McConnell comes to defense of Covington Catholic High School students


Editor's note: U.S. Senate Majority Leader Mitch McConnell shared the remarks contained in this op-ed on the Senate floor on Wednesday, regarding Covington Catholic High School students, the First Amendment, and the presumption of innocence.

I need to say a few words about something that took place this past weekend. Last week, Kentuckians of all ages traveled to our nation’s capital to exercise our fundamental American rights – to peacefully assemble and petition the government. Unfortunately for the students of Covington Catholic High School, their participation has resulted in threats to their lives.

Far-left activists and members of the national and state media isolated a few seconds of video footage from any shred of context, and many decided it was time to attack and denigrate these young people. Because of what some highly partisan observers thought they saw in a few seconds of confusing video, these kids, their school, and their families were met with a deluge of partisan vitriol and hatred from people who never met them and had no idea what had taken place.

Some prominent figures even used this pile-on to propose curtailing the First Amendment for groups with whom they disagreed, even targeting the students’ hats. How quickly some seem to forget why the Framers insisted on those protections in the first place.

In a matter of hours, these students were tried, convicted, and sentenced by the media where accuracy is irrelevant and the presumption of innocence does not exist. To their credit, some apologized for their commentary upon learning more. But by that point, too much damage had already been done.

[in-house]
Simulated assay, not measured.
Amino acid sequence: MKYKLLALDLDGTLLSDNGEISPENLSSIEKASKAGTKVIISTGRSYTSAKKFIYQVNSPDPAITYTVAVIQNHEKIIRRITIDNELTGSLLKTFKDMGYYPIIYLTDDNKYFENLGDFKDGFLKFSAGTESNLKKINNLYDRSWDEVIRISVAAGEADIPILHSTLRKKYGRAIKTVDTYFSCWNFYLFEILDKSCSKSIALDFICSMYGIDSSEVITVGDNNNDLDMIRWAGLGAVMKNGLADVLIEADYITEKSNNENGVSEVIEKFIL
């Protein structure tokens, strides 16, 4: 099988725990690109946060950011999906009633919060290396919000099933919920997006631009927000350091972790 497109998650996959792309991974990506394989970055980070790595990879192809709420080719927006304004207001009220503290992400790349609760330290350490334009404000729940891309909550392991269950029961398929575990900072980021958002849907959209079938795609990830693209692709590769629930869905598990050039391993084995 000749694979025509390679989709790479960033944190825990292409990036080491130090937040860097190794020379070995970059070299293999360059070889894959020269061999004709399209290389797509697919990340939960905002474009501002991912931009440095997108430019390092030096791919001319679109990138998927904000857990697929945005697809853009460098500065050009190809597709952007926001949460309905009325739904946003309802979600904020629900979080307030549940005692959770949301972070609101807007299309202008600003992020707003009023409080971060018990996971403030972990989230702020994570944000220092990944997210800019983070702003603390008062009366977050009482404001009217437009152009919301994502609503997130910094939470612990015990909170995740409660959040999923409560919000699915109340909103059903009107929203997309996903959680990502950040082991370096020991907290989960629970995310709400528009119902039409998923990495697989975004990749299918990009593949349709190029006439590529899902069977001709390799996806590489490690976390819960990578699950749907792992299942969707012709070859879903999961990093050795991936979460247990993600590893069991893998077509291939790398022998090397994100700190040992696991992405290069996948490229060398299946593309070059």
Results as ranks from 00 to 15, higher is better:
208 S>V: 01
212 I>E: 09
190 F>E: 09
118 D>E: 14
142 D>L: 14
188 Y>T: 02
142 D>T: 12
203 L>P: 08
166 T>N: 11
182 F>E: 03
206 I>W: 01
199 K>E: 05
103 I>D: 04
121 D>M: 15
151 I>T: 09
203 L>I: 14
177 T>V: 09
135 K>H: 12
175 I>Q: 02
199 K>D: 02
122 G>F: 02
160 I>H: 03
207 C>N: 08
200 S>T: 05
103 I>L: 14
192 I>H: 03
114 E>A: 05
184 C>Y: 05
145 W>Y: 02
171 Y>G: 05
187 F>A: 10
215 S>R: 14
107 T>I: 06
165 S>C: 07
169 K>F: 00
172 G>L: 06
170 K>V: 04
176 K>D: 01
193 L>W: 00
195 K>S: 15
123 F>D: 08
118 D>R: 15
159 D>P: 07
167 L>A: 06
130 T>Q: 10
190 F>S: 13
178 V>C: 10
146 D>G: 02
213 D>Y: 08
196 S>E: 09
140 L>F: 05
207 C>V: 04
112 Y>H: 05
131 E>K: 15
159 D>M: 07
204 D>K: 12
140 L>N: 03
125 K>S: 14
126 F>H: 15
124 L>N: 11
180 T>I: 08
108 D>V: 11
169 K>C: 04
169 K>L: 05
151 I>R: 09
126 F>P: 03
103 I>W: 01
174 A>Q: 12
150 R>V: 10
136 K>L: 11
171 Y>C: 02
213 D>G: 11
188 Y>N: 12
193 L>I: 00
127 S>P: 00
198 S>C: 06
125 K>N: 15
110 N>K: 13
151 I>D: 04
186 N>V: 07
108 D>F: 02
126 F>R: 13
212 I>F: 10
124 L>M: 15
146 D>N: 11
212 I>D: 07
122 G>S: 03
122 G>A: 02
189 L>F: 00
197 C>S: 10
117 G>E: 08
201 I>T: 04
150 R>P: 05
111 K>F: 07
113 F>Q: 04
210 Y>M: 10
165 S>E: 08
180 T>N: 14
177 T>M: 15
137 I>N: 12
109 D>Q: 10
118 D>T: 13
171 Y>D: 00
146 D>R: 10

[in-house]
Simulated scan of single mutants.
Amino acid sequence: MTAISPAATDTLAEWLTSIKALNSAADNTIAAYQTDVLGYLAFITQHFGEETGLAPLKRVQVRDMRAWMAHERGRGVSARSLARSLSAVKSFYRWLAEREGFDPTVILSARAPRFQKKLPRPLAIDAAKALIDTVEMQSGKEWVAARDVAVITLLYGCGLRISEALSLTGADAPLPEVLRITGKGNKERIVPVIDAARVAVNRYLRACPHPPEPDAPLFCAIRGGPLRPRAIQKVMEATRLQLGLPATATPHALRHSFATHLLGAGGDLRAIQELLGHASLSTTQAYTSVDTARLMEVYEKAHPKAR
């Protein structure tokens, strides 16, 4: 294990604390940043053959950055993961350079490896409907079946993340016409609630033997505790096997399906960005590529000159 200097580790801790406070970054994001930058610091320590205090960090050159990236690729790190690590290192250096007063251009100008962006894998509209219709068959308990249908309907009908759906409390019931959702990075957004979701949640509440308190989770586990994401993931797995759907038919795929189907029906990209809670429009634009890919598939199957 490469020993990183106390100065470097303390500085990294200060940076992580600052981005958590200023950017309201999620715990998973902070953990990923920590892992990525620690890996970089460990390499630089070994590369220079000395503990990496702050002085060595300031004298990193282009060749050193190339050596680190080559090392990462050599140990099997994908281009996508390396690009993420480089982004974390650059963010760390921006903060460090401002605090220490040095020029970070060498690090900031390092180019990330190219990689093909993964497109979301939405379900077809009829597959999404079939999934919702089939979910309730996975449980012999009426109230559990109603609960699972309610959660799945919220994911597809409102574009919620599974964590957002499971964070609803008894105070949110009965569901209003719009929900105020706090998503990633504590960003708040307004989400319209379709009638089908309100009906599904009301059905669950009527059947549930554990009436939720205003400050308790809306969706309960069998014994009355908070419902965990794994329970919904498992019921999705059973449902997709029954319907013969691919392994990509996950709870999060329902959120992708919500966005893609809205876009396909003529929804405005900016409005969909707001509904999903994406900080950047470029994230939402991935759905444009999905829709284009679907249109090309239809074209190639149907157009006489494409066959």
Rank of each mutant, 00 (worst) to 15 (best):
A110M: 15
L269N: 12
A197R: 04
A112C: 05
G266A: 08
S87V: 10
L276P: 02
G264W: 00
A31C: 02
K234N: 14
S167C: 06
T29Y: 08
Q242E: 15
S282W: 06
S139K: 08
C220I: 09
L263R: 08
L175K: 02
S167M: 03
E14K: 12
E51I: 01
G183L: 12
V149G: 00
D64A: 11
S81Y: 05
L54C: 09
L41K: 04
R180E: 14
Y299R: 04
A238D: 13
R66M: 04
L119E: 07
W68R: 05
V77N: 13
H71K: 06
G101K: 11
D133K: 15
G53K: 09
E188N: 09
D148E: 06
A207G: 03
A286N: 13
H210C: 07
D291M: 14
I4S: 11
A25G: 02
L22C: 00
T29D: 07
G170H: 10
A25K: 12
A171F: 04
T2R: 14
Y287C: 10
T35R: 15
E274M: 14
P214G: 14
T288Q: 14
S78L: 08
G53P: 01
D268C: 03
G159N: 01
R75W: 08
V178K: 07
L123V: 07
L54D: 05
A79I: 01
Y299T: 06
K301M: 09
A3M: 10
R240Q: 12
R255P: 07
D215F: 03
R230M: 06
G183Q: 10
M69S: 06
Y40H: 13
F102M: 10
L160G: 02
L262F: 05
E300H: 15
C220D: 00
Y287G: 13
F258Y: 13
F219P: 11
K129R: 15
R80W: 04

Because of the startling death threats against the students and their families, Covington Catholic was closed yesterday. The school’s administration is working closely with law enforcement, but it’s unclear when any sense of normalcy might return.

This time, it’s families in my home state who are paying the price for exercising their freedoms. Sadly, this kind of fact-free rush to judgment is becoming an all-too-common occurrence.

If we can learn anything from this weekend, I hope it’s this: When the rush for headlines takes precedence over the facts, mistakes are made and our rights as Americans are put at risk. This trend is particularly troubling when young people are involved.


Mitch McConnell, a Kentucky Republican, is the U.S. Senate majority leader.

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